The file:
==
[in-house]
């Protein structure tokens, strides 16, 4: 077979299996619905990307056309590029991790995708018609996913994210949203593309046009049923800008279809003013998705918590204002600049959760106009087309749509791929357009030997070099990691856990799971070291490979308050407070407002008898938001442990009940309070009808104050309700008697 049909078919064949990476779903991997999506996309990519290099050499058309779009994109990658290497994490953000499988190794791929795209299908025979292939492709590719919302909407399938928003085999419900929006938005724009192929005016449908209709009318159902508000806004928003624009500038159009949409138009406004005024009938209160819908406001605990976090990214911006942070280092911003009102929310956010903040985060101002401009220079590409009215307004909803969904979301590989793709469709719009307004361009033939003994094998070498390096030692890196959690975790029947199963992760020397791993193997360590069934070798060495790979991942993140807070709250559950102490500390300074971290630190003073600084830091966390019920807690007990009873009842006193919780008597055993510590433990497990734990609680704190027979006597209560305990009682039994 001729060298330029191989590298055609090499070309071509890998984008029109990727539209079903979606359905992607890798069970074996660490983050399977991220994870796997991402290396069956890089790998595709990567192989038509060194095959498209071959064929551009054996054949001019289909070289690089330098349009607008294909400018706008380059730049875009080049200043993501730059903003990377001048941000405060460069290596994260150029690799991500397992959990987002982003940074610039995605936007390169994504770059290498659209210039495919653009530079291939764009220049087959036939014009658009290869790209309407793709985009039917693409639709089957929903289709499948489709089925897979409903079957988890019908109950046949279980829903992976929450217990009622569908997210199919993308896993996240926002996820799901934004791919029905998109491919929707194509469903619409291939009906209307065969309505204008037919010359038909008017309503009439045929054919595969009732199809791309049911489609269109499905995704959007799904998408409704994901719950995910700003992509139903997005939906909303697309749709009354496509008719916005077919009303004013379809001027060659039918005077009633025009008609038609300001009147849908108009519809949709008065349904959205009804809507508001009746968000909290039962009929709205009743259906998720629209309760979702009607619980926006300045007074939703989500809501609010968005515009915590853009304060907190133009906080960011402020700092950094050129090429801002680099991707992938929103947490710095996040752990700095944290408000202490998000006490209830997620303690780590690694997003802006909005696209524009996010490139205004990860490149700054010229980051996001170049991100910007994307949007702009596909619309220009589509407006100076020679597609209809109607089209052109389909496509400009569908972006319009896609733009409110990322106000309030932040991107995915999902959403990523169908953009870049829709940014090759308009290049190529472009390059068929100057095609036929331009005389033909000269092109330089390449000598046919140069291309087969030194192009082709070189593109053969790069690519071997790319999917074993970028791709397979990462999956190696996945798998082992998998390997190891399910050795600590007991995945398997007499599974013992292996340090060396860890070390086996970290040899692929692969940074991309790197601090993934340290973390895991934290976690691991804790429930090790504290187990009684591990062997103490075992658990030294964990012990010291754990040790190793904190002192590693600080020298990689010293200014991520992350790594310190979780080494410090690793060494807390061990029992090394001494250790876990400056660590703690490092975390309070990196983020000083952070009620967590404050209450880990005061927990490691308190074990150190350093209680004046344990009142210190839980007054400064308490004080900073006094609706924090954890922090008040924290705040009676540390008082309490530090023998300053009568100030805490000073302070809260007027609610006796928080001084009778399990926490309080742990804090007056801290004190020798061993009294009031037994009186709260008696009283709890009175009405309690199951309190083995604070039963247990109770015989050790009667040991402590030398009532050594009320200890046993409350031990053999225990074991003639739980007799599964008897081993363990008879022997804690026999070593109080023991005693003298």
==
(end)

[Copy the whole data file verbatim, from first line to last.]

[in-house]
């Protein structure tokens, strides 16, 4: 077979299996619905990307056309590029991790995708018609996913994210949203593309046009049923800008279809003013998705918590204002600049959760106009087309749509791929357009030997070099990691856990799971070291490979308050407070407002008898938001442990009940309070009808104050309700008697 049909078919064949990476779903991997999506996309990519290099050499058309779009994109990658290497994490953000499988190794791929795209299908025979292939492709590719919302909407399938928003085999419900929006938005724009192929005016449908209709009318159902508000806004928003624009500038159009949409138009406004005024009938209160819908406001605990976090990214911006942070280092911003009102929310956010903040985060101002401009220079590409009215307004909803969904979301590989793709469709719009307004361009033939003994094998070498390096030692890196959690975790029947199963992760020397791993193997360590069934070798060495790979991942993140807070709250559950102490500390300074971290630190003073600084830091966390019920807690007990009873009842006193919780008597055993510590433990497990734990609680704190027979006597209560305990009682039994 001729060298330029191989590298055609090499070309071509890998984008029109990727539209079903979606359905992607890798069970074996660490983050399977991220994870796997991402290396069956890089790998595709990567192989038509060194095959498209071959064929551009054996054949001019289909070289690089330098349009607008294909400018706008380059730049875009080049200043993501730059903003990377001048941000405060460069290596994260150029690799991500397992959990987002982003940074610039995605936007390169994504770059290498659209210039495919653009530079291939764009220049087959036939014009658009290869790209309407793709985009039917693409639709089957929903289709499948489709089925897979409903079957988890019908109950046949279980829903992976929450217990009622569908997210199919993308896993996240926002996820799901934004791919029905998109491919929707194509469903619409291939009906209307065969309505204008037919010359038909008017309503009439045929054919595969009732199809791309049911489609269109499905995704959007799904998408409704994901719950995910700003992509139903997005939906909303697309749709009354496509008719916005077919009303004013379809001027060659039918005077009633025009008609038609300001009147849908108009519809949709008065349904959205009804809507508001009746968000909290039962009929709205009743259906998720629209309760979702009607619980926006300045007074939703989500809501609010968005515009915590853009304060907190133009906080960011402020700092950094050129090429801002680099991707992938929103947490710095996040752990700095944290408000202490998000006490209830997620303690780590690694997003802006909005696209524009996010490139205004990860490149700054010229980051996001170049991100910007994307949007702009596909619309220009589509407006100076020679597609209809109607089209052109389909496509400009569908972006319009896609733009409110990322106000309030932040991107995915999902959403990523169908953009870049829709940014090759308009290049190529472009390059068929100057095609036929331009005389033909000269092109330089390449000598046919140069291309087969030194192009082709070189593109053969790069690519071997790319999917074993970028791709397979990462999956190696996945798998082992998998390997190891399910050795600590007991995945398997007499599974013992292996340090060396860890070390086996970290040899692929692969940074991309790197601090993934340290973390895991934290976690691991804790429930090790504290187990009684591990062997103490075992658990030294964990012990010291754990040790190793904190002192590693600080020298990689010293200014991520992350790594310190979780080494410090690793060494807390061990029992090394001494250790876990400056660590703690490092975390309070990196983020000083952070009620967590404050209450880990005061927990490691308190074990150190350093209680004046344990009142210190839980007054400064308490004080900073006094609706924090954890922090008040924290705040009676540390008082309490530090023998300053009568100030805490000073302070809260007027609610006796928080001084009778399990926490309080742990804090007056801290004190020798061993009294009031037994009186709260008696009283709890009175009405309690199951309190083995604070039963247990109770015989050790009667040991402590030398009532050594009320200890046993409350031990053999225990074991003639739980007799599964008897081993363990008879022997804690026999070593109080023991005693003298």